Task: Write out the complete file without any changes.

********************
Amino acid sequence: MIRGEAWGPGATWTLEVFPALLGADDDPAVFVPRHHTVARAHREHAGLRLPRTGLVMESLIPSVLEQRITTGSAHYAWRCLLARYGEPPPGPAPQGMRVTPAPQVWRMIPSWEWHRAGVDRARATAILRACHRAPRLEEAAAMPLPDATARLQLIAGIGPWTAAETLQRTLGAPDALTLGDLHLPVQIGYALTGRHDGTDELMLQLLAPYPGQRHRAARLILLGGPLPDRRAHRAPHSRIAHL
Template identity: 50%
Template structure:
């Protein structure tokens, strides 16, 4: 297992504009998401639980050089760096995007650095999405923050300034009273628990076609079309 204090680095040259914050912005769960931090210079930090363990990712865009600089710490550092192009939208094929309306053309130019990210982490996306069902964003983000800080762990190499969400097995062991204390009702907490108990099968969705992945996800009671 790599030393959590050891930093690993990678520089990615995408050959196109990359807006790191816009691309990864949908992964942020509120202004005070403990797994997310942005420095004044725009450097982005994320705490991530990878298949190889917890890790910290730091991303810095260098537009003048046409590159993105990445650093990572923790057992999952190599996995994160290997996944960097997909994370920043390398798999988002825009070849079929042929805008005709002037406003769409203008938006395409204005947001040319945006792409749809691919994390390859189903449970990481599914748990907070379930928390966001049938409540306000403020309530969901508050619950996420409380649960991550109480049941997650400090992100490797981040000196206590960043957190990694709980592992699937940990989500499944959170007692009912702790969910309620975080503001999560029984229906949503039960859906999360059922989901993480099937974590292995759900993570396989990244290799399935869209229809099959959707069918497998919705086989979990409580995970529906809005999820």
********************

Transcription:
Amino acid sequence: MIRGEAWGPGATWTLEVFPALLGADDDPAVFVPRHHTVARAHREHAGLRLPRTGLVMESLIPSVLEQRITTGSAHYAWRCLLARYGEPPPGPAPQGMRVTPAPQVWRMIPSWEWHRAGVDRARATAILRACHRAPRLEEAAAMPLPDATARLQLIAGIGPWTAAETLQRTLGAPDALTLGDLHLPVQIGYALTGRHDGTDELMLQLLAPYPGQRHRAARLILLGGPLPDRRAHRAPHSRIAHL
Template identity: 50%
Template structure:
């Protein structure tokens, strides 16, 4: 297992504009998401639980050089760096995007650095999405923050300034009273628990076609079309 204090680095040259914050912005769960931090210079930090363990990712865009600089710490550092192009939208094929309306053309130019990210982490996306069902964003983000800080762990190499969400097995062991204390009702907490108990099968969705992945996800009671 790599030393959590050891930093690993990678520089990615995408050959196109990359807006790191816009691309990864949908992964942020509120202004005070403990797994997310942005420095004044725009450097982005994320705490991530990878298949190889917890890790910290730091991303810095260098537009003048046409590159993105990445650093990572923790057992999952190599996995994160290997996944960097997909994370920043390398798999988002825009070849079929042929805008005709002037406003769409203008938006395409204005947001040319945006792409749809691919994390390859189903449970990481599914748990907070379930928390966001049938409540306000403020309530969901508050619950996420409380649960991550109480049941997650400090992100490797981040000196206590960043957190990694709980592992699937940990989500499944959170007692009912702790969910309620975080503001999560029984229906949503039960859906999360059922989901993480099937974590292995759900993570396989990244290799399935869209229809099959959707069918497998919705086989979990409580995970529906809005999820």